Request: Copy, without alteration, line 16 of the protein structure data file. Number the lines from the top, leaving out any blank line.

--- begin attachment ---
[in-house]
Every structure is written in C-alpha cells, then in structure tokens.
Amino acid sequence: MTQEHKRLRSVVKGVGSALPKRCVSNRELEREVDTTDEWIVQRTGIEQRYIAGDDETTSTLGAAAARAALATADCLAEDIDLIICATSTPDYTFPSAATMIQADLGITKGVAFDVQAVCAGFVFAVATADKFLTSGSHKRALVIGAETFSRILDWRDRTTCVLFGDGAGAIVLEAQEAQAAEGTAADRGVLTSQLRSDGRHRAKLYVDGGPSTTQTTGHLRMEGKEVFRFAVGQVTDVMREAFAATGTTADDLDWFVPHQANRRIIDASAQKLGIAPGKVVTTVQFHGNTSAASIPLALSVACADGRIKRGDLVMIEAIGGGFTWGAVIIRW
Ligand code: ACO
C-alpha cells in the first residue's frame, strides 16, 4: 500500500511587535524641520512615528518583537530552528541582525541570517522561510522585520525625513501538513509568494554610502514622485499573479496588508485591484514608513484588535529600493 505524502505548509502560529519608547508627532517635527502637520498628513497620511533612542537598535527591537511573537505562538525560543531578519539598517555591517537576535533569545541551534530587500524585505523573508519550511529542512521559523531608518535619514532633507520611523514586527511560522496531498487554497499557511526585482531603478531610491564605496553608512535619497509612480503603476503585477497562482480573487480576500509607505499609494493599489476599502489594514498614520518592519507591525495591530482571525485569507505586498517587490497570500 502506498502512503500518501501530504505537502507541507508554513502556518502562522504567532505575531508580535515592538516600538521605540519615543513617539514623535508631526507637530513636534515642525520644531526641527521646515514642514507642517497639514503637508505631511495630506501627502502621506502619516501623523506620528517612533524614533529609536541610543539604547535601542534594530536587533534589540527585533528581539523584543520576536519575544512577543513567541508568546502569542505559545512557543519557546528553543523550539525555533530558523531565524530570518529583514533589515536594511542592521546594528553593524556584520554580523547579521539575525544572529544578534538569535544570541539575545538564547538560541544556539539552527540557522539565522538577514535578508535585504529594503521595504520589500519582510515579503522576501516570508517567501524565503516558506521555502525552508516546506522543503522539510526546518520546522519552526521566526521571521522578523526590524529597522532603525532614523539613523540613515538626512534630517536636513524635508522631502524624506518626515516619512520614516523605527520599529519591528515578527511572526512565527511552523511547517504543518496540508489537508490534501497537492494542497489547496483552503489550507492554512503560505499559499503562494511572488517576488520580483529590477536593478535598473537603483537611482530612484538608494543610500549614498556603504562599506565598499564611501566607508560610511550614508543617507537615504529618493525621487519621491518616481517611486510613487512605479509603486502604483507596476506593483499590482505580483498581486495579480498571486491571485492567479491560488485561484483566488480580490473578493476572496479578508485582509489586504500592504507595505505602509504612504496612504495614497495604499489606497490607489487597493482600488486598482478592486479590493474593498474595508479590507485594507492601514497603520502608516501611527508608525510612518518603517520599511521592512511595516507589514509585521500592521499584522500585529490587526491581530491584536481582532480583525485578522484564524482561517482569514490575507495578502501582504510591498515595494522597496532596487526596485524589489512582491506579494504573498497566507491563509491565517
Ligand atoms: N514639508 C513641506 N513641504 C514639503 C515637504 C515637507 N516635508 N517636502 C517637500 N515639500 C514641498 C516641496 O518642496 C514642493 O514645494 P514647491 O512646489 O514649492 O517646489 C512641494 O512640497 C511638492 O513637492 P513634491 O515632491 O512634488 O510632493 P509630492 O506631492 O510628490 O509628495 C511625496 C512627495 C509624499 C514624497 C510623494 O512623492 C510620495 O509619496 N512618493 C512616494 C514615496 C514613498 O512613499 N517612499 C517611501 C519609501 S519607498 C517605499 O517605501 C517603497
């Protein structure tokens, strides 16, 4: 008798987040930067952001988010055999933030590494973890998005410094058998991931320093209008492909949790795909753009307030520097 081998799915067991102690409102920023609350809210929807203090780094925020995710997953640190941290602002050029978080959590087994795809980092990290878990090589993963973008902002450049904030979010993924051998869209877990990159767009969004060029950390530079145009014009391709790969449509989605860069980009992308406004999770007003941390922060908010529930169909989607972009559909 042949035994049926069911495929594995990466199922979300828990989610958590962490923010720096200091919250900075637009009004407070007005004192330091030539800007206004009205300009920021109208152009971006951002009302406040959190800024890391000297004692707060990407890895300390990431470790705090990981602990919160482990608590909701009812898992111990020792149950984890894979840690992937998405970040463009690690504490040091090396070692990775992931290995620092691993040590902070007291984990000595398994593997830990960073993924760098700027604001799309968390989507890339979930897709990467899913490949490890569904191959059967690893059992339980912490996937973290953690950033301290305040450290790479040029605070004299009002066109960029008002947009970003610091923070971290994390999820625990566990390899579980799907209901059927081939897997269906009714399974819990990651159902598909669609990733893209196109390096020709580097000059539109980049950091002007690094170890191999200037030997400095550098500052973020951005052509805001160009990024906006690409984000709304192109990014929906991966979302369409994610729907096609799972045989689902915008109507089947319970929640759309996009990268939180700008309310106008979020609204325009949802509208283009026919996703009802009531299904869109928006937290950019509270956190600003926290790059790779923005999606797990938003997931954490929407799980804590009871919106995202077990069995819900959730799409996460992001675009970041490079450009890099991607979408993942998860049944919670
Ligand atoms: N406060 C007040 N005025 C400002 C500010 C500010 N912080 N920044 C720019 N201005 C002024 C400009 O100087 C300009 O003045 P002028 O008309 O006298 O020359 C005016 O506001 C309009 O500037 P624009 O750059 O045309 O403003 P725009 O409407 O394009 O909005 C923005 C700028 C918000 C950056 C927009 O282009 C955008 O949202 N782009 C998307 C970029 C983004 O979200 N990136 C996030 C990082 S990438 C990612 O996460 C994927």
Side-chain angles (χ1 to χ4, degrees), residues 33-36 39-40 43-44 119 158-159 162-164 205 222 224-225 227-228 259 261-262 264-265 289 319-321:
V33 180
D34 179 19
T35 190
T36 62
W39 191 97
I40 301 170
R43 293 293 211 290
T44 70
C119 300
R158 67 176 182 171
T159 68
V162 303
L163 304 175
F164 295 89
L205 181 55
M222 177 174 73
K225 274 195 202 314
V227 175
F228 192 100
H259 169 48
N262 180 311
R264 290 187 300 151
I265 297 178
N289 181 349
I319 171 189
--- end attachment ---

R43 293 293 211 290